MAY 01, 1965

 An editorial from the March 1962 issue of Insight and Outlook, a conservative student journal published in Madison, Wisconsin.

Amidst the books on the shelves of an acquaintance of ours, whom we know to be a man of refined sensibilities, we found to our as­tonishment a squat, homely can of beans. Ordinary pork and beans. Here was a mystery—what could possibly have moved our friend to place such an humble object among his less earthy vol­umes. A moment of insanity? Never. Hunger? Impossible. It was hard to push back the suspicion—had he had some didactic purpose in mind? What, indeed, can one learn from a can of beans?

It was a preposterous object, and irksome. A mere fleck of chaos in the otherwise impeccable surroundings of a civilized man. We tried to ignore it, but tension grew between us and that smug, disorderly tin. Curiosity overcame reticence; we picked it up fur­tively and turned it this way and that, hoping to divine its secret. It yielded none, for it was, after all, just a can of beans.

What can one learn from a can of beans? It has no poetic qualities to speak of, and is smaller than a breadbox. A symbol of the mass­es, perhaps, focusing their as­pirations for material betterment with nature’s parsimony? Dubious. Then we noticed the price: seven cents. Curiously low; was it some sort of novelty in the age of clipped coinage? What an enor­mous quantity of materials, tools, steps, services, and knowledge went into the production of the can: iron from the Mesabi, mined, shipped, refined, cast, stamped, rolled, shaped, coated with tin from Bolivia; paper label, a prod­uct of an entire industry, printed and dyed by two more; the beans themselves, and the pork, and sauce, raised, shipped, prepared, finally canned. Almost uncount­able processes of production, transportation, and marketing set into motion to disgorge the can. No one man or one hundred men had all the knowledge necessary to produce it, and yet it appeared—for seven cents. An excellent symbol of the interdependence of economic effects on the market. As we thus pondered, can of beans flagrante delicto in the hand, our friend entered the room.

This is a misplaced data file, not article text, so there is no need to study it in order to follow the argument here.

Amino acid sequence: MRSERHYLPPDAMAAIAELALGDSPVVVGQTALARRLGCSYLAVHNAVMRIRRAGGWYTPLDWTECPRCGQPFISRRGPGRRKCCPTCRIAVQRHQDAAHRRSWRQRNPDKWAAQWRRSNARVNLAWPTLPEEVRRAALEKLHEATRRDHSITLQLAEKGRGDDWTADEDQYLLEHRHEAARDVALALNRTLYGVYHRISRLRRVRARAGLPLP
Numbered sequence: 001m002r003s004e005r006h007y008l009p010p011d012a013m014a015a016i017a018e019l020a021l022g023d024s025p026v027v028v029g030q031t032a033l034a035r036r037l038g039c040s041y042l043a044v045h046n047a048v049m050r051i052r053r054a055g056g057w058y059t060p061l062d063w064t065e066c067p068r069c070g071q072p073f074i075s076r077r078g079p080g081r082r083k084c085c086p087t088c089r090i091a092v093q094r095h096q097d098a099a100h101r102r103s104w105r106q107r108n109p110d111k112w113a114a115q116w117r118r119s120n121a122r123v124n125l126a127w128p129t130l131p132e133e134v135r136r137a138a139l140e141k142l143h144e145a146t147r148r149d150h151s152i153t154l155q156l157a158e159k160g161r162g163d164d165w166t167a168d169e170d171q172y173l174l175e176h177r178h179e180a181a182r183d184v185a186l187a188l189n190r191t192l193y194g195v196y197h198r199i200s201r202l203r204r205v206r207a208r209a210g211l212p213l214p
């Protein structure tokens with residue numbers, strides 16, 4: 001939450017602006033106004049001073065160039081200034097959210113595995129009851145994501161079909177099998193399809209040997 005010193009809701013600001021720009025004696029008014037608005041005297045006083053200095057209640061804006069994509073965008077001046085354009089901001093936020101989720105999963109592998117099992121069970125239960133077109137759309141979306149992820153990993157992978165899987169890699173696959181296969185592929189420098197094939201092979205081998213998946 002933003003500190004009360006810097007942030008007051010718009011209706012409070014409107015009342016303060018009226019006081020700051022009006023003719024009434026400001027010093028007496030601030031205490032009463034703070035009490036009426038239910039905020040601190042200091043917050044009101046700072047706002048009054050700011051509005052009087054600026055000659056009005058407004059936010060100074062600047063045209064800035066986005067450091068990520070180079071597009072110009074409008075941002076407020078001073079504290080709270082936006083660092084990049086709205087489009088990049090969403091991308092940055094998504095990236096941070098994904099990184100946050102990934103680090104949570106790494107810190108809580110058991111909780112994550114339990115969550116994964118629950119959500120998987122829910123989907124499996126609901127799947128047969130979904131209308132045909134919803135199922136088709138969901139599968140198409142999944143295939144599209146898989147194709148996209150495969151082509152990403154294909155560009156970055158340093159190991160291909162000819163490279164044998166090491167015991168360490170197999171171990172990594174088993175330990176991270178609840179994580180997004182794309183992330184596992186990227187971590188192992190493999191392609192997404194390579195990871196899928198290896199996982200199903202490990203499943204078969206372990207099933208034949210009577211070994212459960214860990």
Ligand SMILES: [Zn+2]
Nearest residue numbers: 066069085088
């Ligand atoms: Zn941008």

"Rather the essence of social co-operation," we said, replacing the can to the shelves.

"Just so," he said, unperturbed. "Just so."


May 1965

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July/August 2014

The United States' corporate tax burden is the highest in the world, but innovators will always find a way to duck away from Uncle Sam's reach. Doug Bandow explains how those with the means are renouncing their citizenship in increasing numbers, while J. Dayne Girard describes the innovative use of freeports to shield wealth from the myriad taxes and duties imposed on it as it moves around the world. Of course the politicians brand all of these people unpatriotic, hoping you won't think too hard about the difference between the usual crony-capitalist suspects and the global creative elite that have done so much to improve our lives. In a special tech section, Joseph Diedrich, Thomas Bogle, and Matthew McCaffrey look at various ways these innovators add value to our lives--even in ways they probably never expected.
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